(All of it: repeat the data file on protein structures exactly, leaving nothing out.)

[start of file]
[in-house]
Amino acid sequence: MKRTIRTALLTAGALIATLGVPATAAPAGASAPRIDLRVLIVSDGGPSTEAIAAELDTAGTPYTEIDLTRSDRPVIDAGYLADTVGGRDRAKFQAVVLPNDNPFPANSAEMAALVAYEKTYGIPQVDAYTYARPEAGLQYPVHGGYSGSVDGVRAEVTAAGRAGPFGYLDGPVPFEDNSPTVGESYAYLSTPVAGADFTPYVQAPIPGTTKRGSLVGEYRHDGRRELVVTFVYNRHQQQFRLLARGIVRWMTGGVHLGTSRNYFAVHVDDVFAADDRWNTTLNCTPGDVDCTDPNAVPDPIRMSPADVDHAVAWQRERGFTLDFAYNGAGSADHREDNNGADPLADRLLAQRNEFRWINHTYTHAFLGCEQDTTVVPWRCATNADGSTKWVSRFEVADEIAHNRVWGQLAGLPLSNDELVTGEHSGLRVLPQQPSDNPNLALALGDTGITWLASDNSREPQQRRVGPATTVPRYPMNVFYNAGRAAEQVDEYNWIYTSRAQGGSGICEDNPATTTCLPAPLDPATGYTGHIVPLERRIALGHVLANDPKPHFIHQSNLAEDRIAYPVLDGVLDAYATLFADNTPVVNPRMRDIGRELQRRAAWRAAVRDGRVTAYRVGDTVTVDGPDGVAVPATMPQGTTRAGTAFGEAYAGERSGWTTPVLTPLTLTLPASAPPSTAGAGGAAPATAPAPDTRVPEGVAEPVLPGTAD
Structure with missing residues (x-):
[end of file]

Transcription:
[in-house]
Amino acid sequence: MKRTIRTALLTAGALIATLGVPATAAPAGASAPRIDLRVLIVSDGGPSTEAIAAELDTAGTPYTEIDLTRSDRPVIDAGYLADTVGGRDRAKFQAVVLPNDNPFPANSAEMAALVAYEKTYGIPQVDAYTYARPEAGLQYPVHGGYSGSVDGVRAEVTAAGRAGPFGYLDGPVPFEDNSPTVGESYAYLSTPVAGADFTPYVQAPIPGTTKRGSLVGEYRHDGRRELVVTFVYNRHQQQFRLLARGIVRWMTGGVHLGTSRNYFAVHVDDVFAADDRWNTTLNCTPGDVDCTDPNAVPDPIRMSPADVDHAVAWQRERGFTLDFAYNGAGSADHREDNNGADPLADRLLAQRNEFRWINHTYTHAFLGCEQDTTVVPWRCATNADGSTKWVSRFEVADEIAHNRVWGQLAGLPLSNDELVTGEHSGLRVLPQQPSDNPNLALALGDTGITWLASDNSREPQQRRVGPATTVPRYPMNVFYNAGRAAEQVDEYNWIYTSRAQGGSGICEDNPATTTCLPAPLDPATGYTGHIVPLERRIALGHVLANDPKPHFIHQSNLAEDRIAYPVLDGVLDAYATLFADNTPVVNPRMRDIGRELQRRAAWRAAVRDGRVTAYRVGDTVTVDGPDGVAVPATMPQGTTRAGTAFGEAYAGERSGWTTPVLTPLTLTLPASAPPSTAGAGGAAPATAPAPDTRVPEGVAEPVLPGTAD
Structure with missing residues (x-):